I finally spent time with the Windows 8 Consumer Preview and the Visual Studio 11 Ultimate Beta, as well as the Team Foundation Server (TFS) 11 Beta. So far, I see good improvements, but the overall direction of the .NET ecosystem is not quite what I hoped. In this column and in my next several Software Engineer posts, I'll discuss the new products and share my thoughts about them as I work through a simple application.
The first thing that struck me was the ease of installation, though anyone stumped by the previous Visual Studio installations doesn't need to be in this business. This installation removes all of the choices other than how much documentation to run locally ("minimal" or "none" with an "advanced" option), and what set of keyboard layouts/commands/etc. to use (the traditional dialog the first time you start Visual Studio). The real surprise was TFS 11, which blows away TFS 2010 (it was fairly pleasant) and TFS 2007 (it was miserable); it's about as simple as you can get with TFS. If you are a single developer or a small shop where folks are going to install TFS locally, this is a huge boon; even for the bigger shops with a shared instance, a simple TFS deployment is always better.Visual Studio 11 is streamlined and presents a much simpler UI. One drawback is that the UI is more "flat"; it has a ton of grey and not many colors, which makes it difficult to visually distinguish different components. In many places, existing functionality has been combined into one spot to reduce the number of UI controls. For example, they've dropped the original file-only view of solutions and made Solution Explorer the only view (Figure A). Along the same lines, Team Explorer dropped the multi-level tree view in favor of a drop-down that switches the top-level view. Even in my slightly under-powered Windows 8 VM (one CPU core, 4 GB RAM), Visual Studio 11 ran smoothly. Figure A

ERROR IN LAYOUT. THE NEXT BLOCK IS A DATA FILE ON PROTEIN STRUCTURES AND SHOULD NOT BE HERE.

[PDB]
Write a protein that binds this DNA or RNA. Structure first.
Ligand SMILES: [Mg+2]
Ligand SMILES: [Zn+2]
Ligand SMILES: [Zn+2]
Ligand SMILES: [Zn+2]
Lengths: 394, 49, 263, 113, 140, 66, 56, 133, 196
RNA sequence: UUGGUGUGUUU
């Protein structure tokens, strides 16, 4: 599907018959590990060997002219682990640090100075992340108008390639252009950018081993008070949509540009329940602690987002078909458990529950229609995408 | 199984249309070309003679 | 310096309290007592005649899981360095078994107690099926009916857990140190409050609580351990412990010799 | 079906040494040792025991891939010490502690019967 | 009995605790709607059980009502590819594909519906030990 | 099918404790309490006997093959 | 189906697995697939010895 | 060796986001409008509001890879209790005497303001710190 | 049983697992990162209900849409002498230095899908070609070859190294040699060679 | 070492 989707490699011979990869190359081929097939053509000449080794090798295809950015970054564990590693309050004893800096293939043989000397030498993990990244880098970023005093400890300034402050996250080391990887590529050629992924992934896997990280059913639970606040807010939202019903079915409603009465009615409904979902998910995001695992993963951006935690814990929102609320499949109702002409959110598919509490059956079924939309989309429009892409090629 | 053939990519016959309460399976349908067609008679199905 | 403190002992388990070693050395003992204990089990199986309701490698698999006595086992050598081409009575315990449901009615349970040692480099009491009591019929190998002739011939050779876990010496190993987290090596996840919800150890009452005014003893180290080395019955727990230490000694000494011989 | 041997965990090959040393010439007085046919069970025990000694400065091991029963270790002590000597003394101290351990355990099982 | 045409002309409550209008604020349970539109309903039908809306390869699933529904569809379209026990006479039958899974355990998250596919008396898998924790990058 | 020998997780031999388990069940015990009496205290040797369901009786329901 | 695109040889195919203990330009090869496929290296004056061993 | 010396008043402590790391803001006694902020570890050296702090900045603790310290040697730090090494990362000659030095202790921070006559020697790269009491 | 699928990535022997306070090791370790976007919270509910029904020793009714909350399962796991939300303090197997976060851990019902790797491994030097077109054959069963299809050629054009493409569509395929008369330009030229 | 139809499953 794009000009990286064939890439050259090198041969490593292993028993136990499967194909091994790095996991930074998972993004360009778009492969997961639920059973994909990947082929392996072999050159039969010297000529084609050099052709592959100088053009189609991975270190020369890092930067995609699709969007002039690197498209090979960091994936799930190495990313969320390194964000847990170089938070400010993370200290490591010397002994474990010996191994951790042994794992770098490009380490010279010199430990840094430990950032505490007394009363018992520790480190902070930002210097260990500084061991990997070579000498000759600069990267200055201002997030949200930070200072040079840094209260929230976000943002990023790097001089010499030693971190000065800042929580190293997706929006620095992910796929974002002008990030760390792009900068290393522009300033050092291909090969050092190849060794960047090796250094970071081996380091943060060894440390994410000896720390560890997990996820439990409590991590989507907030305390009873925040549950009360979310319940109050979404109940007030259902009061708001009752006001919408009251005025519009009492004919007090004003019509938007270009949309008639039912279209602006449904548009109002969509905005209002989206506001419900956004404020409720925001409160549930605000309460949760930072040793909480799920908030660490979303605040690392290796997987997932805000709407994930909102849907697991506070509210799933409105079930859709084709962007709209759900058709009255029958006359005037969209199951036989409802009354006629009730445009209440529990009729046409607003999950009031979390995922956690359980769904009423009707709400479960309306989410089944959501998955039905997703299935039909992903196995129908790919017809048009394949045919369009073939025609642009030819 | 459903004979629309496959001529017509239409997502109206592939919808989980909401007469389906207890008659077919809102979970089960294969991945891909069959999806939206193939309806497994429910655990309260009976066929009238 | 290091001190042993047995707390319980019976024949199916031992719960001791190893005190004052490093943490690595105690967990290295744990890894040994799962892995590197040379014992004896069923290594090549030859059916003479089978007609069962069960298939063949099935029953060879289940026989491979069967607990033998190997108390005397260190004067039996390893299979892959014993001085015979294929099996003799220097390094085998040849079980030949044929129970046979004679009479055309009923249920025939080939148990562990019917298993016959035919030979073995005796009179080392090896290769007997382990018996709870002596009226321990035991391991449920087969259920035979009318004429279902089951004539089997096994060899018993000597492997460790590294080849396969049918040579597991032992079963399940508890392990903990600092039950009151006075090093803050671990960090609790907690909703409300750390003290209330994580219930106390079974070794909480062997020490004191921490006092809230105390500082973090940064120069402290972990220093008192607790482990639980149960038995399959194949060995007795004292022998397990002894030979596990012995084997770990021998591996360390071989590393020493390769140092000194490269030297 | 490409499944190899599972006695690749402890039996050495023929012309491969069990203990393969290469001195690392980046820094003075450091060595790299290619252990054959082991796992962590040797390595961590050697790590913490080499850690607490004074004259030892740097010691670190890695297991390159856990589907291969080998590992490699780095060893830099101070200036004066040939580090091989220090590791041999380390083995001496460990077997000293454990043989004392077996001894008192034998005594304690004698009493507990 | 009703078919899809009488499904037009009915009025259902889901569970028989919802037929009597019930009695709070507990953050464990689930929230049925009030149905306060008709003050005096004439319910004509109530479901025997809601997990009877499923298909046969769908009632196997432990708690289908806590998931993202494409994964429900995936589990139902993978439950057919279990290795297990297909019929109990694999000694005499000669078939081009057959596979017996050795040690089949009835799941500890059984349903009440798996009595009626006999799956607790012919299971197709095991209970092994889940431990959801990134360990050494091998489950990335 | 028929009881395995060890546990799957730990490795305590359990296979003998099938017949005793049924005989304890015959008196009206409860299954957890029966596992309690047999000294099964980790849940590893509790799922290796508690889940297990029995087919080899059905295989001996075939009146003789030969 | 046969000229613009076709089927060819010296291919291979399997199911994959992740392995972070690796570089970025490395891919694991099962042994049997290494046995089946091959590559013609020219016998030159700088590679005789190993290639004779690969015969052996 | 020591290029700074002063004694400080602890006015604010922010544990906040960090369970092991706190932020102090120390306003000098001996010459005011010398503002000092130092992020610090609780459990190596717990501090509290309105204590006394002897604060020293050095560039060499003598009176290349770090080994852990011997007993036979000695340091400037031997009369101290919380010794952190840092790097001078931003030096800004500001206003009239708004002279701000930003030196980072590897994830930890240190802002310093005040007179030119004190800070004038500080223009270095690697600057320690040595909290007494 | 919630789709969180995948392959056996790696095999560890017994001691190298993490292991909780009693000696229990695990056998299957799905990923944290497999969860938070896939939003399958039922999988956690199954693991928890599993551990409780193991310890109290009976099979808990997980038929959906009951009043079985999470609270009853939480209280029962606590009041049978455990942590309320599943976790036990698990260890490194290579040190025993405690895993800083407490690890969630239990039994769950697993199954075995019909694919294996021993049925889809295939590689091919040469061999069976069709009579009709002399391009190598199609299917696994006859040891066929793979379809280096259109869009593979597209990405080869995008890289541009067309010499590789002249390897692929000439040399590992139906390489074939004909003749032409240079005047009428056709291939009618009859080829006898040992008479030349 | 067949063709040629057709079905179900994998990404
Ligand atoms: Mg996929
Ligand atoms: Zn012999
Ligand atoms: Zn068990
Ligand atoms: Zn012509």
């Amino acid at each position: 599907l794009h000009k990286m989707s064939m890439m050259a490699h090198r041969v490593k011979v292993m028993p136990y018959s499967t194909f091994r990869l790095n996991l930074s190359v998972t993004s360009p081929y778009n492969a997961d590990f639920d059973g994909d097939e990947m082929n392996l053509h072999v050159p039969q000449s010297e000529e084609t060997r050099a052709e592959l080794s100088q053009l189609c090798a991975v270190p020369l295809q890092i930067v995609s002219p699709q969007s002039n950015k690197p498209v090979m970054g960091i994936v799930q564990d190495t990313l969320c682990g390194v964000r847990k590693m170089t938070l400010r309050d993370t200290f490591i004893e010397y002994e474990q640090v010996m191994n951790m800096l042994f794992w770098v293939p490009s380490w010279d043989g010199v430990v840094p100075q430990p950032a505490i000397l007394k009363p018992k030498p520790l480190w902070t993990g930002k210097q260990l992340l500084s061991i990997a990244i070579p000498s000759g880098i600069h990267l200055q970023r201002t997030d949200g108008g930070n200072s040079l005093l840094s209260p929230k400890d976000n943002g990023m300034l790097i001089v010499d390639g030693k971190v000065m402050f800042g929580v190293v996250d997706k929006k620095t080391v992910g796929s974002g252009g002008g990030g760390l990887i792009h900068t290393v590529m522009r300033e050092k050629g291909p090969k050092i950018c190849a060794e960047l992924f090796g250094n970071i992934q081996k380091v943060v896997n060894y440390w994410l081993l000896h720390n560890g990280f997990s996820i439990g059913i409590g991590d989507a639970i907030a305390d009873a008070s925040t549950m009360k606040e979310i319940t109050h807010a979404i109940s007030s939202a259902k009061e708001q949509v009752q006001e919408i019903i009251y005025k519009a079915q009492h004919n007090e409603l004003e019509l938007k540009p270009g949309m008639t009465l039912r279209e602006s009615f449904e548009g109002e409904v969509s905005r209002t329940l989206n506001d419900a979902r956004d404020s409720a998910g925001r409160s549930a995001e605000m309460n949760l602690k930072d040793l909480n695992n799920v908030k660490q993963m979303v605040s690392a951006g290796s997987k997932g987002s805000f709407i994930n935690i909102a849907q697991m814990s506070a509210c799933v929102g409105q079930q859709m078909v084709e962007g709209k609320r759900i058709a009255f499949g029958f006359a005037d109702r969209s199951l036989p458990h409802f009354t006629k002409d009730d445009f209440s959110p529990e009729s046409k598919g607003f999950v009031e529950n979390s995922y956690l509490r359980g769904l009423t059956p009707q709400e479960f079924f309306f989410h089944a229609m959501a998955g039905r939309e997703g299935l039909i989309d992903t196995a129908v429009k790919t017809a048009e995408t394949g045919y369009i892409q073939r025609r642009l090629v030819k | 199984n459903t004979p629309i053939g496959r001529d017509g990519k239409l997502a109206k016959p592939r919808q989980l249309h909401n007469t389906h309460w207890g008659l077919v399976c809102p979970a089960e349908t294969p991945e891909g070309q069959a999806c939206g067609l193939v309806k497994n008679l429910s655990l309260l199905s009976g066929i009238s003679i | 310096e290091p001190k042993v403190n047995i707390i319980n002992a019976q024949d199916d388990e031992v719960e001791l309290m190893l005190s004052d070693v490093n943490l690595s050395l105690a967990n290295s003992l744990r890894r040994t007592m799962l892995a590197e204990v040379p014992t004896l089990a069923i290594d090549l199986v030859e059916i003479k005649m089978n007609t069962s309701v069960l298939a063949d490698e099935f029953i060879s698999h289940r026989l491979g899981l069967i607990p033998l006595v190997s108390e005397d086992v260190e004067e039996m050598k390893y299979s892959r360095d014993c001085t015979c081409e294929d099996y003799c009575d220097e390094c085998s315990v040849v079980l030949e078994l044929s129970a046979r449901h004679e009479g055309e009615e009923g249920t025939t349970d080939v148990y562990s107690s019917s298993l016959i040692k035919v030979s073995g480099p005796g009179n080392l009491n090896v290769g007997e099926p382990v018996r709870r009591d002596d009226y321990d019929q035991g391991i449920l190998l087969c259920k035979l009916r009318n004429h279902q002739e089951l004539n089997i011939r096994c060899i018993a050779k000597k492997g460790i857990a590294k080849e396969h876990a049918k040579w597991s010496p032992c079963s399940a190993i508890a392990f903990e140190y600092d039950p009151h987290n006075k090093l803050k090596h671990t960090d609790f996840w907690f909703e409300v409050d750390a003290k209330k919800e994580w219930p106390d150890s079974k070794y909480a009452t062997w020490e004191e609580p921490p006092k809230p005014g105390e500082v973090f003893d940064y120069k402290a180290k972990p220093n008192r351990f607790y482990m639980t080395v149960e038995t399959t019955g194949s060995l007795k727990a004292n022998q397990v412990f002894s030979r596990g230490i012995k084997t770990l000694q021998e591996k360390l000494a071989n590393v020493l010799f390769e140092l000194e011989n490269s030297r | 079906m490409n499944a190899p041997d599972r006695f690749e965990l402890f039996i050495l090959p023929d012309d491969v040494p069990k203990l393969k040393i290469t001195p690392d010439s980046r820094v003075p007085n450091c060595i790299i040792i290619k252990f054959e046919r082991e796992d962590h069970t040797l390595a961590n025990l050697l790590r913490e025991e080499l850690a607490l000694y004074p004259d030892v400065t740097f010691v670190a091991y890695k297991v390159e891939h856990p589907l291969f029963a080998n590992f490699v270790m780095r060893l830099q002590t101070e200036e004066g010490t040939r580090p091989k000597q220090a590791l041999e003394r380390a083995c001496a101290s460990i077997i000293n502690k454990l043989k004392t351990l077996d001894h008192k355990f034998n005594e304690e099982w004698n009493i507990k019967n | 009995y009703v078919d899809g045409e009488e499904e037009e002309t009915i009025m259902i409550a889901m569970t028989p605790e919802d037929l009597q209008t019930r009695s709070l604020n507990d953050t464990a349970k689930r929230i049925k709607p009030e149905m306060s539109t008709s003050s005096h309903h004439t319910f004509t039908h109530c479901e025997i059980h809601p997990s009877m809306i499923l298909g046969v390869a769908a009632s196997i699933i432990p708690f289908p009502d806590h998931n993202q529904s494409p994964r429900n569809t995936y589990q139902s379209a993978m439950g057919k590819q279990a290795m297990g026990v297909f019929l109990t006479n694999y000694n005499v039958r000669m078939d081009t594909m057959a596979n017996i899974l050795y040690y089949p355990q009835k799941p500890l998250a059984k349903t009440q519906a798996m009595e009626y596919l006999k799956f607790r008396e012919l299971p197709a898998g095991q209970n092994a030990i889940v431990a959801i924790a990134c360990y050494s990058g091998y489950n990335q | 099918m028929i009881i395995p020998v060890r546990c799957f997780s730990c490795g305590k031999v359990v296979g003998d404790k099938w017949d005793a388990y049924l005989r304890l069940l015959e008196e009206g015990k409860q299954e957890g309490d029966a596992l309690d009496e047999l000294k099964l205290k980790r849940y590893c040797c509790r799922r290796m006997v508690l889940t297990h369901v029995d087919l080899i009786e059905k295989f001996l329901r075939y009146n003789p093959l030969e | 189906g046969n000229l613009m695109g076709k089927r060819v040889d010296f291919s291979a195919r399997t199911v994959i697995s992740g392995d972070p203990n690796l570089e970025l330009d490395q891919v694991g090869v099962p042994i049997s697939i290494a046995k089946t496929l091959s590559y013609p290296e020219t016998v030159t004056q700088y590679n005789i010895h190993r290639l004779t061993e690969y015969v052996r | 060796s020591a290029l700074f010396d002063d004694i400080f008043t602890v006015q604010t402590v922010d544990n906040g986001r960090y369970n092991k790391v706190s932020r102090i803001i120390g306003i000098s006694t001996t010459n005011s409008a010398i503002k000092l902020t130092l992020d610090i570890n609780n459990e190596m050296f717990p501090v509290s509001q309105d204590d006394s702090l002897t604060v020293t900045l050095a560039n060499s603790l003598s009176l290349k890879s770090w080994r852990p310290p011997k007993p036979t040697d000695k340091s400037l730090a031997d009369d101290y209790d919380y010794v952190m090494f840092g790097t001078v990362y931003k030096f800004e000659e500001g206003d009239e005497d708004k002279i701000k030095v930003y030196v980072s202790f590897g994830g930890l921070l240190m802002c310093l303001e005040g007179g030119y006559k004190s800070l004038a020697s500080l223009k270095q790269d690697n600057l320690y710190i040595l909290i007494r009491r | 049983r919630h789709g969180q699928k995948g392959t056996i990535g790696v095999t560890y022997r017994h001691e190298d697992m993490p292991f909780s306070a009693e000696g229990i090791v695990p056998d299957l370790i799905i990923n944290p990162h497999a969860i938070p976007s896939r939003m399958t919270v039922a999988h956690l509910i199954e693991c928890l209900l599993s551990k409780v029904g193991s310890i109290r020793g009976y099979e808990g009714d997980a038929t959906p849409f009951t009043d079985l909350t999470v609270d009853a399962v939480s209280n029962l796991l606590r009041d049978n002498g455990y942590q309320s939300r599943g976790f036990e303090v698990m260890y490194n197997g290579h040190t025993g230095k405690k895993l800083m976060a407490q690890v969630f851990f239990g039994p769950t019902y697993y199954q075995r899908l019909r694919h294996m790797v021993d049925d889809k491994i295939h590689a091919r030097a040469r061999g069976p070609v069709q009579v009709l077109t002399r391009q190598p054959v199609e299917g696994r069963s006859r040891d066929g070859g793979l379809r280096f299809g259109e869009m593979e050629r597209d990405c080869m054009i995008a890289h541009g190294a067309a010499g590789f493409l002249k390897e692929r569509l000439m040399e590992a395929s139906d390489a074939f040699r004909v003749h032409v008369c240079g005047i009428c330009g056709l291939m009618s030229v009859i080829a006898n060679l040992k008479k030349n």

The Solution Explorer shows a deep-dive into files.For my first Metro/WinRT application, I chose the "Grid Application" template. This template provides three screens: one to show groups of items and can be scrolled horizontally to show additional groups, one to show a "group detail" page to zoom in on one group, and one to show item details. My application ("MSR Browser") will pull information from Microsoft Research in OData format and allow the user to see what Microsoft Research has going on. It will group things by category ("article," "downloads," etc.). I created a new "Grid Application" project in Visual Studio, added it to TFS, and hit run, and Figure B and Figure C are what I got. Figure B
Out of the box, the "Grid Application" template is in great shape for an application. (Click the image to enlarge.)Figure C
The item detail view for the "Grid Application" template. (Click the image to enlarge.)
You can see that the application is pre-populated with data. Inside the application are sample classes for the data model; these come with a lot of static "ipsum lorem" style data, but that is easy to change. In my next Software Engineer column, I will show what I've done to change the static data to pull from the OData source at Microsoft Research.